Spain Other


All three major rating agencies downgrade Spain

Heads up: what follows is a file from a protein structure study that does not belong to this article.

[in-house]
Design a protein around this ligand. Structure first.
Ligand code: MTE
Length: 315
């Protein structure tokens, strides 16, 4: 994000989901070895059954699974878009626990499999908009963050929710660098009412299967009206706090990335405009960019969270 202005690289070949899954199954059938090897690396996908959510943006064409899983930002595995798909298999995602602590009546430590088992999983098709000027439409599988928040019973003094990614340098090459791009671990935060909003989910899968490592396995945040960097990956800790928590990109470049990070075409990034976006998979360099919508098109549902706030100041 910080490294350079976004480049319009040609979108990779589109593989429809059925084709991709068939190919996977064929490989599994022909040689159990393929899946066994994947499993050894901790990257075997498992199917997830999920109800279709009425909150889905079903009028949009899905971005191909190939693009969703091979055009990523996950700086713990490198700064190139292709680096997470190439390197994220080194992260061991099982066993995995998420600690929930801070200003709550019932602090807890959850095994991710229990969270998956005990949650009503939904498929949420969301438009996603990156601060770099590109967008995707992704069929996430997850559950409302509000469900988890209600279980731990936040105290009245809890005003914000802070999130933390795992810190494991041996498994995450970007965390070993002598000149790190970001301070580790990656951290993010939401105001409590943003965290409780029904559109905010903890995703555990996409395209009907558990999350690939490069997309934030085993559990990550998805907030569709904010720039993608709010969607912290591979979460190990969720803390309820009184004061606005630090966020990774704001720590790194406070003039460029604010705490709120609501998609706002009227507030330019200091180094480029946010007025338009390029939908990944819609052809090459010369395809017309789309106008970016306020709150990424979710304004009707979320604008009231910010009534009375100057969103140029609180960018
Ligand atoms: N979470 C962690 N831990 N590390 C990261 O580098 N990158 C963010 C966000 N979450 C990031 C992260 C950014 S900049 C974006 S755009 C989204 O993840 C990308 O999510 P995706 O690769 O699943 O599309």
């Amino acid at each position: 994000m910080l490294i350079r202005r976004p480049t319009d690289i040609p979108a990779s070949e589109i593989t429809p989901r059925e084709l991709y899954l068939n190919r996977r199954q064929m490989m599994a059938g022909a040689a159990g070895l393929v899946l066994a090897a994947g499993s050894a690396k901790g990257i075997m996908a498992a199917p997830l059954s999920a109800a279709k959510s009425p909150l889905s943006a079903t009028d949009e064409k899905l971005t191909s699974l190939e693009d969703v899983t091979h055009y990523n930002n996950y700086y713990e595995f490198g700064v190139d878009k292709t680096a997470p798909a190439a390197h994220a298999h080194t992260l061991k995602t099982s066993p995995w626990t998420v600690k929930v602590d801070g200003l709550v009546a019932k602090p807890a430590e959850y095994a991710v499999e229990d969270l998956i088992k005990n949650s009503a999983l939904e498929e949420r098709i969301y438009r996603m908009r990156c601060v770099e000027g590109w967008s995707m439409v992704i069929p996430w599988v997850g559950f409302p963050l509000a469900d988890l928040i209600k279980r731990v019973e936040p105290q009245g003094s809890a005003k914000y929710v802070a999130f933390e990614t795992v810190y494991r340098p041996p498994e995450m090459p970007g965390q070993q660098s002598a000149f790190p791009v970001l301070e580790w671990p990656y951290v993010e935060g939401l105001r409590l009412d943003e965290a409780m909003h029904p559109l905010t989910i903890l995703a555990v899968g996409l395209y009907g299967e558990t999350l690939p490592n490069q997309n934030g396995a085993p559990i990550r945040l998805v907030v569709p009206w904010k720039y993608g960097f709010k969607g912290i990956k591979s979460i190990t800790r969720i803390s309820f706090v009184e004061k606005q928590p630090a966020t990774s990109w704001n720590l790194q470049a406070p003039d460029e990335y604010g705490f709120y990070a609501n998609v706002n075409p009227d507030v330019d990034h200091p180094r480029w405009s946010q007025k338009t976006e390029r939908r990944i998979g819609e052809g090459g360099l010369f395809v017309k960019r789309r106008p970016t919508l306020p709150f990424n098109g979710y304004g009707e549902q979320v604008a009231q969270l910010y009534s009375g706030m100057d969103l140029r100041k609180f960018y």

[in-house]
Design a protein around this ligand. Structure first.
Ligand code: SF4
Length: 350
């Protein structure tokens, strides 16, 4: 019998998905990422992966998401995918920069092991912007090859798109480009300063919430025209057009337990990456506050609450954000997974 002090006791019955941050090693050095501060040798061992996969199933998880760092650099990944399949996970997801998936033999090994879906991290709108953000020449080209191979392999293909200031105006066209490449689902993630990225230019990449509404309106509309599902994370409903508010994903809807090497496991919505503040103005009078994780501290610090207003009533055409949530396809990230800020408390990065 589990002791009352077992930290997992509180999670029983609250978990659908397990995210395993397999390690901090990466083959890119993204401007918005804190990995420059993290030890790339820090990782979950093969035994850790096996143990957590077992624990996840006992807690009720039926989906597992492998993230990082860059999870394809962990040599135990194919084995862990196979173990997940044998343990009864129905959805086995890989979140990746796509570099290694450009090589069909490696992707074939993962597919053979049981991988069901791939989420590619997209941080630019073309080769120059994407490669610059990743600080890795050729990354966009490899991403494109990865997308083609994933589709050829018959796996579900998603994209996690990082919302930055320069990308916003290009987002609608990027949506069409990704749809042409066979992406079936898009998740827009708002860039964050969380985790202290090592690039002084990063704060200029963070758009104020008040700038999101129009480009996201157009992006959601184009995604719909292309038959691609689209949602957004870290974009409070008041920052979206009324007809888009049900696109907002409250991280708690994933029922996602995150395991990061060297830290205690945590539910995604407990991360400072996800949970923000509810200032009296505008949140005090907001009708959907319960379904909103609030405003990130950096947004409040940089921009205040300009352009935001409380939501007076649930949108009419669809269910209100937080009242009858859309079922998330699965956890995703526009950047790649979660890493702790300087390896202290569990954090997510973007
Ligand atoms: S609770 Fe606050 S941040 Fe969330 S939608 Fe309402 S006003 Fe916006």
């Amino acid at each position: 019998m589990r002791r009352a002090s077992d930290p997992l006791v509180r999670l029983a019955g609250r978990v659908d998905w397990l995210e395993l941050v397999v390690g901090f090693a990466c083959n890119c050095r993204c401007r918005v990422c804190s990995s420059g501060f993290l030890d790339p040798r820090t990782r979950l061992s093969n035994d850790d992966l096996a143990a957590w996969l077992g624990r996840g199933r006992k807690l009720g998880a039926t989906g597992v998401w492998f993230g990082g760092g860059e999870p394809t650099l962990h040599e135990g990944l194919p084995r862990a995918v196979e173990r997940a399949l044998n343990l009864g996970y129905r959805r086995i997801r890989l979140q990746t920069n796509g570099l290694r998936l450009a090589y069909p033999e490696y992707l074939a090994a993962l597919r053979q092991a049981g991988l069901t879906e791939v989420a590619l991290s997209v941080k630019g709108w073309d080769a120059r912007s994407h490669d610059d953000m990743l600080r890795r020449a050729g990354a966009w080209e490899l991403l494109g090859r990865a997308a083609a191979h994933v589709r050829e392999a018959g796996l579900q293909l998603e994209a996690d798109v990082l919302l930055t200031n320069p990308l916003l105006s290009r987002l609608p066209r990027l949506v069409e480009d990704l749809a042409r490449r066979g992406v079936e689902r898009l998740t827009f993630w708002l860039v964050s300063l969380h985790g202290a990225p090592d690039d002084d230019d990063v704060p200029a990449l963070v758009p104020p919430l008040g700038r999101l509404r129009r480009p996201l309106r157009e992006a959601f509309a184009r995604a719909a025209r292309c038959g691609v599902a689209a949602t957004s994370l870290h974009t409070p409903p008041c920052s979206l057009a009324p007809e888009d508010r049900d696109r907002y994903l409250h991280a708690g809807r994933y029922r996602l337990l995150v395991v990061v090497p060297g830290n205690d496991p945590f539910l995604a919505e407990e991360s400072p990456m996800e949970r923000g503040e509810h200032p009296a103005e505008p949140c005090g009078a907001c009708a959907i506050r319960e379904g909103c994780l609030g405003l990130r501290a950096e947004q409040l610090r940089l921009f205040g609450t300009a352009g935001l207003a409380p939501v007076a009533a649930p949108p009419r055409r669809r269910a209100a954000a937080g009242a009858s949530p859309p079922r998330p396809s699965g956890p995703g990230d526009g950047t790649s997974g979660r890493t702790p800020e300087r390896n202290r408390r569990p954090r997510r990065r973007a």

On 18 October, Moody's downgraded Spain's credit rating from Aa2 to A1 with a negative outlook, citing the country's vulnerability to the Eurozone debt crisis. The decision followed similar downgrades by Standard & Poor's and Fitch, on 14 and 7 October respectively. While S&P's downgrade from AA to AA- alluded to weak growth prospects, Fitch's cut from AA+ to AA-, with a negative outlook, cited risks to fiscal consolidation arising from the budgetary performance of some regions and poor medium-term growth prospects. These downgrades add concerns to Spain's ability to meet its fiscal deficit target. The People's Party (PP) leader Mariano Rajoy, who, as polls indicate, will win an outright majority in the 20 November presidential elections, pledged stricter budget laws, spending limits for regional governments, and tax breaks to encourage companies to hire workers and become more competitive. While the ruling Socialist Party (PSOE) maintains its commitment to meet the fiscal deficit target of 6.0% of GDP this year, it acknowledges that lack of fiscal discipline in regional governments may be an obstacle towards fiscal consolidation. The current administration plans to reduce the fiscal deficit to 4.4% of GDP in 2012 and to 3.0% of GDP in 2013.


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